Categorized | Reviews

Todd Hido @ Casemore Kirkeby

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Given a show as cohesive and absorbing as Todd Hido’s Selections from a Survey, one has to wonder about the deceptively ad hoc and unnecessarily dry title. Granted, the words “selections” and “survey” hint at the diversity of subjects and approaches as well as the careful curation. However, it gives short shrift to an exhibition that is coherent, evocative and mysterious. With images hung cheek-to-jowl, the show forms a densely connected quasi-narrative rebus. Hido’s subjects include emerald street signs, vacant roads, a young woman hitchhiking, as well as his signature shots of blandly familiar suburban houses. They indicate an almost Lynchian obsession with suburban Americana for both its banality and dark undercurrents. As with David Lynch’s films, these works take place in an ambiguously defined past that seems specific but refers to multiple decades.
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The lead in Hido’s implied narrative is a model and actress named Khrystyna Kazakova with whom he has collaborated with over the years. A versatile performer with a chameleon-like ability to transform into several different women, it’s clear why this relationship has continued. Most interestingly, she appears here in 60’s period garb as a hitchhiker. Untitled #10574-a, for instance, is taken from the driver’s-seat perspective, as if Hido had positioned himself as an off-camera character.  Kazakova leans in on the passenger side as if to cajole a ride and perhaps something more.  The setup recalls something Diane Arbus said: “In movies we always surrender to the fiction being presented; in photographs we always see the photo as a relationship between the subject and the photographer.”  All of Hido’s photos, but especially those with Kazakova, assert this dynamic: We are drawn into a fictional world but also reminded that this world is constructed – by Hido and by his subject — in intimate situations. Although these pictures obviously recall Cindy Sherman’s work, especially the famous Untitled Film Stills, Hido’s are a bit broader and therefore easier to place — perhaps a mild flaw.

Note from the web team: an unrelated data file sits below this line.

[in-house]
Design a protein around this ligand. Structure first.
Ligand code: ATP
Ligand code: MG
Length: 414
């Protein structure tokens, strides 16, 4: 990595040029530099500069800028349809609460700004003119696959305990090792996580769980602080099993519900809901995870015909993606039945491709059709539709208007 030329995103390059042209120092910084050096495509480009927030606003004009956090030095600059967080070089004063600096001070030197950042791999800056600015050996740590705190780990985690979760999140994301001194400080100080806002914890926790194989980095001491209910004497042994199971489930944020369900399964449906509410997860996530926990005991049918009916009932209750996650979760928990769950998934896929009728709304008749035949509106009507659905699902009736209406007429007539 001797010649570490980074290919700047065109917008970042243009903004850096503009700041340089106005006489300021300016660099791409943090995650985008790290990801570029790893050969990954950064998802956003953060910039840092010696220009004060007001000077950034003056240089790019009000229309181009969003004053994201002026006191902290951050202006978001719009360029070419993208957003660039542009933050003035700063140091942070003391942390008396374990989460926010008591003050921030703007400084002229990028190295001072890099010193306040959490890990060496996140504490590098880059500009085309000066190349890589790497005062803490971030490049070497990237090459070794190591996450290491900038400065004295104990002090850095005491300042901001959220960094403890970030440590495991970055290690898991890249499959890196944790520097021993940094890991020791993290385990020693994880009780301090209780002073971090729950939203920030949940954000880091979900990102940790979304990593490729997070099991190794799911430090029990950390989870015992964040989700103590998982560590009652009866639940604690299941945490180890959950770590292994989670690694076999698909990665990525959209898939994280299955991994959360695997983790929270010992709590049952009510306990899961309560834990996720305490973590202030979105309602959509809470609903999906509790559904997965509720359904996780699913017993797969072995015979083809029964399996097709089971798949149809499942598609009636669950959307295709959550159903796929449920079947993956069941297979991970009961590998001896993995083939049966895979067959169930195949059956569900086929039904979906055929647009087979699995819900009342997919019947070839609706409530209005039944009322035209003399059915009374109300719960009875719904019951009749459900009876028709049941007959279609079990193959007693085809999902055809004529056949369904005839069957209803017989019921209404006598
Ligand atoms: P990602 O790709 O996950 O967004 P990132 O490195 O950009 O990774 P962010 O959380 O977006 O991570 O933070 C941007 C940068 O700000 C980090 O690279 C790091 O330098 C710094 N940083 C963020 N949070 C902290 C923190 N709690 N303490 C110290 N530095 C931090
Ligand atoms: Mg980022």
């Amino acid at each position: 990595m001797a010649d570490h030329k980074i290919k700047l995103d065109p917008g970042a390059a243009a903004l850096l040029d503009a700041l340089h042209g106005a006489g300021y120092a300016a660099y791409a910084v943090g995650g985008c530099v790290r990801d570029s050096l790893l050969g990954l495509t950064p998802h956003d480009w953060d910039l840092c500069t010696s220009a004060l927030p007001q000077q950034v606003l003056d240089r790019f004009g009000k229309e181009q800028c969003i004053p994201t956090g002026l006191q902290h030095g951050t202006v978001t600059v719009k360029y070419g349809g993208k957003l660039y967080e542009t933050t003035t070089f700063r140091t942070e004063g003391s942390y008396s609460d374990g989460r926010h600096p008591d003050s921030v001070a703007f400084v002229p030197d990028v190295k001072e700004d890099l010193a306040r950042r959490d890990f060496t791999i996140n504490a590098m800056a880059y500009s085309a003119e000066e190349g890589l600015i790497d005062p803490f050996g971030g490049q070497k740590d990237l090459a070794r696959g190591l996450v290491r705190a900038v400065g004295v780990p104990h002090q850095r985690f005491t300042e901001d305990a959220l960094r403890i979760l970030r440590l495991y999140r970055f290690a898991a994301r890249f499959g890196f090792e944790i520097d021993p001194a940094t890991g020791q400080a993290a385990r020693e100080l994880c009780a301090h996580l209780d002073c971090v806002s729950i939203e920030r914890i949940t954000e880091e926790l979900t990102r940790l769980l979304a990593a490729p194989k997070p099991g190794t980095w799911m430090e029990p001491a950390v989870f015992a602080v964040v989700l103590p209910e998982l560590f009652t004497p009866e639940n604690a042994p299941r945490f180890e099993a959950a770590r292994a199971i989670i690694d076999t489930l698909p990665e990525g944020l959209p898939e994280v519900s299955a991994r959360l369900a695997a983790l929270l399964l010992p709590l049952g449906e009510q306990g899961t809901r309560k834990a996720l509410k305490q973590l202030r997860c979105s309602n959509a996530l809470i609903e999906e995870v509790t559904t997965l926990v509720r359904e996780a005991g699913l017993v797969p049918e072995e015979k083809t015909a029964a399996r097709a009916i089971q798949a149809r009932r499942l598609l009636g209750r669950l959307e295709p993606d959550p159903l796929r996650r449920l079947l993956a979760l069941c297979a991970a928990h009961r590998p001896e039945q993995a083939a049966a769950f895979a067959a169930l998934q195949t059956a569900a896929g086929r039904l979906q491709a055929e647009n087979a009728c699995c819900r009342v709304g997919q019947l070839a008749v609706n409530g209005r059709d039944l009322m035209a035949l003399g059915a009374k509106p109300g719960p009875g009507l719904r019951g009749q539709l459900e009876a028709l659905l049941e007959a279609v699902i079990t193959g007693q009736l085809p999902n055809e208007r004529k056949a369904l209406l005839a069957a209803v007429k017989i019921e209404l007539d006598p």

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Other foreboding scenes and vignettes hint at where this story might be heading. These include a vacant country road, a seedy motel, and a crashed car from the 40’s that could have come straight out of Weegee photo.  In Untitled #9248-a, an old telephone sits on the floor ominously with the receiver off the hook.  In one of the more overt juxtapositions, we see, in three adjacent photos, a well-worn black-and-white rephotograph (Untitled #10955-barry-hido-football) of a high school football player who happens to be Hido’s father; a mangled automobile (Untitled #9185-fd); and the words “The End” taken from a film (Untitled #1107-the-end). This sequence appears near images of the aforementioned motel, a hitchhiker, and a rumpled unmade bed – imploring us to connect the dots. The impressive range of formal congruencies, implied narratives, and art history references in these photos give viewers a lot to ponder.